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CFOs signal fears of consumer spending slump

With wage rises failing to match the flickering signs of an upturn in the global economy, chief financial officers have told CNBC that a lack of consumer spending is a major fear for their companies.

CNBC asked 51 chief financial officers (CFO) from Europe and Asia who make up the CNBC CFO council to give their insight on the state of the world economy and conditions for doing business. Nearly half of the respondents ranked weakening consumer demand as their strongest concern for their business. No other risk factor even came close, with fears of a China slowdown receiving 16 percent for their highest ranked concern.

The results match a similar signal from CFOs in the America. In December, the U.S.-based members of the exclusive Global CFO Council ranked weakening consumer demand as one of biggest issues keeping them up at night.

(Read More: As minimum wages rise, businesses grapple with the consequences)

In the U.S., consumer spending accounts for more than two-thirds of economic activity. The Commerce Department's latest statistics showed spending increased 0.4 percent in December after rising by a revised 0.6 percent in November. This beat analysts' expectations but weak income growth suggested the economy could cool off a bit in the first quarter. Household income, after adjusting for inflation, fell 0.2 percent in December, according to the Commerce Department.

And it's a similar story in Europe. In the U.K. before the global financial crash of 2008, wage growth of close to 5 percent was seen as the norm. On Wednesday, new data showed average weekly pay, including bonuses, climbed 1.1 percent in the three months to the end of December, according to the Office for National Statistics. With inflation currently standing at 1.9 percent, this means people's spending power is getting weaker.

The main focus at the World Economic Forum in Davos in January was how the economies across the globe can achieve inclusive growth and how to get wages rising along with the stellar gains seen in stock markets. With economists in agreement that lower wage growth is the main factor holding back consumer spending, it's easy to see why companies are worried.

(Read More: Debunking the top three myths about income inequality)

John Rogers, the chief financial officer of U.K. supermarket Sainsbury's told CNBC Monday that his business had not seen any change in customer behavior, despite an improving outlook for the country's economy.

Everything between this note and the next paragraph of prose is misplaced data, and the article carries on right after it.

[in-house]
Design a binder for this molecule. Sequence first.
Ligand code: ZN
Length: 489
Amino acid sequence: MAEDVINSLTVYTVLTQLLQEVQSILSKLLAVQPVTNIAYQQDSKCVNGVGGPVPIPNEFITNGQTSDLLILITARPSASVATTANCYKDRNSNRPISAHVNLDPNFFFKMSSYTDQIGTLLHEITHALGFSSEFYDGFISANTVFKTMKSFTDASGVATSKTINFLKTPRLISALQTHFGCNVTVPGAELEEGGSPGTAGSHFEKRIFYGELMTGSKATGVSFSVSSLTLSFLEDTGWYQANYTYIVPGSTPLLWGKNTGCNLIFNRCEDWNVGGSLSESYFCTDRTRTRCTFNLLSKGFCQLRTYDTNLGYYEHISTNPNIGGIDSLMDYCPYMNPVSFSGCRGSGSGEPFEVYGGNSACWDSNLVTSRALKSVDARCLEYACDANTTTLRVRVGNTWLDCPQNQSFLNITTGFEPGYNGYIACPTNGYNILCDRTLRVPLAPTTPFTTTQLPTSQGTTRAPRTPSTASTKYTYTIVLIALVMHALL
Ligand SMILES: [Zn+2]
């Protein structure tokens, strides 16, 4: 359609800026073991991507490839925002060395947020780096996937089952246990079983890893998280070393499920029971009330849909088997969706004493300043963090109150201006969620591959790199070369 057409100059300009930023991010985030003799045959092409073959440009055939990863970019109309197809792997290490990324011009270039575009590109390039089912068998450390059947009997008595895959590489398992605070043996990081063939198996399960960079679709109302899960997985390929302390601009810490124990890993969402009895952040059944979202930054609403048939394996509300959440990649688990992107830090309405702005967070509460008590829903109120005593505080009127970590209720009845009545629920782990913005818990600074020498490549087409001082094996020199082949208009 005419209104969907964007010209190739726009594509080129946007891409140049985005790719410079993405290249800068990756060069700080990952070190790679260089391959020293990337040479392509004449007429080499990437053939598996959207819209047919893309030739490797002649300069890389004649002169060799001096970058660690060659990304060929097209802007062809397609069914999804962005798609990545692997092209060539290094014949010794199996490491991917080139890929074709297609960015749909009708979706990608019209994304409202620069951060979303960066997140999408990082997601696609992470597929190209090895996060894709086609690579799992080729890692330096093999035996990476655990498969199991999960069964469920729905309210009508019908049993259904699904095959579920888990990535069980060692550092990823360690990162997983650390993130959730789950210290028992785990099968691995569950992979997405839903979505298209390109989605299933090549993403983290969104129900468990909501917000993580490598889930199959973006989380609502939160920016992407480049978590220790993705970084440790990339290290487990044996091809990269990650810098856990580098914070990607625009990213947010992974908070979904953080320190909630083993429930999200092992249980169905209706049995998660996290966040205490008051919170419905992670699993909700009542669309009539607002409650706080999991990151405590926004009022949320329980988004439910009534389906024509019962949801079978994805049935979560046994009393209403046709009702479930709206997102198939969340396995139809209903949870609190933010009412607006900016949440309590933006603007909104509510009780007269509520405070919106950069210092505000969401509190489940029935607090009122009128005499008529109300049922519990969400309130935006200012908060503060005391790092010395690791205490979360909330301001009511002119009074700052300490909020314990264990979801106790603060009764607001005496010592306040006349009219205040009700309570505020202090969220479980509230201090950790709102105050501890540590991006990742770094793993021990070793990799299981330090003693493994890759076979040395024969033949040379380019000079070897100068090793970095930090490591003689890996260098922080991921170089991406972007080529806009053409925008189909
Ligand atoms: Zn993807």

Indeed, Rogers said that January sales growth had been very flat, with one of the worst levels for growth in nine years.

"In real terms (consumers') spending power has gone backwards," he said, indicating that wage increases had failed to match the rise in the price of goods.

"Until we see that trend reverse I don't think we'll see significant growth," he said.

China growth fears also remain firmly in focus for the CFOs surveyed despite coming second to consumer demand in the fear rankings. China's gross domestic product (GDP) growth fell to its slowest pace in 14 years in 2013 with a reading of 7.7 percent, compared to government's target of 7.5 percent. The country's new leadership is stepping up regulation, curbing an overheated credit market and switching an export-focused economy into a consumer-driven one.

76 percent of CFOs in the CNBC survey thought that the GDP figure for 2014 would dip below the 7 percent level. 32 percent said it would post growth of between 6-7 percent, 28 percent thought it would be between 5 and 6 percent. 4 respondents thought it would dip even lower than 5 percent.

Despite expectations of ailing growth, the majority of CFOs believed that the world's second largest economy wouldn't experience an official "hard landing" in the next six months. A hard landing is deemed to be an economic state where an economy slows down sharply or is tipped into outright recession after a period of rapid growth. More than the respondents believe there was a low risk of this happening in the first half of 2014.

Meanwhile, focusing on technology, consumer goods and services are the two main industries that are most likely to be early adopters of the virtual currencies such as bitcoin, according to the survey. The cryptocurrency enjoyed a rally at the end of last year with its price in dollars surging to over $1,200. However, since then it has suffered a sharp fall with regulation and processing problems tainting the initial growth and interest in the digital currency.

Nonetheless, the consumer goods and services received the most votes from our CFO respondents, when disregarding the technology sector. The financial industry came shortly behind in third place with sectors such as basic materials, healthcare and utilities seen as having little uptake.

By CNBC.com's Matt Clinch; Follow him on Twitter @mattclinch81

CNBC Global CFO Council

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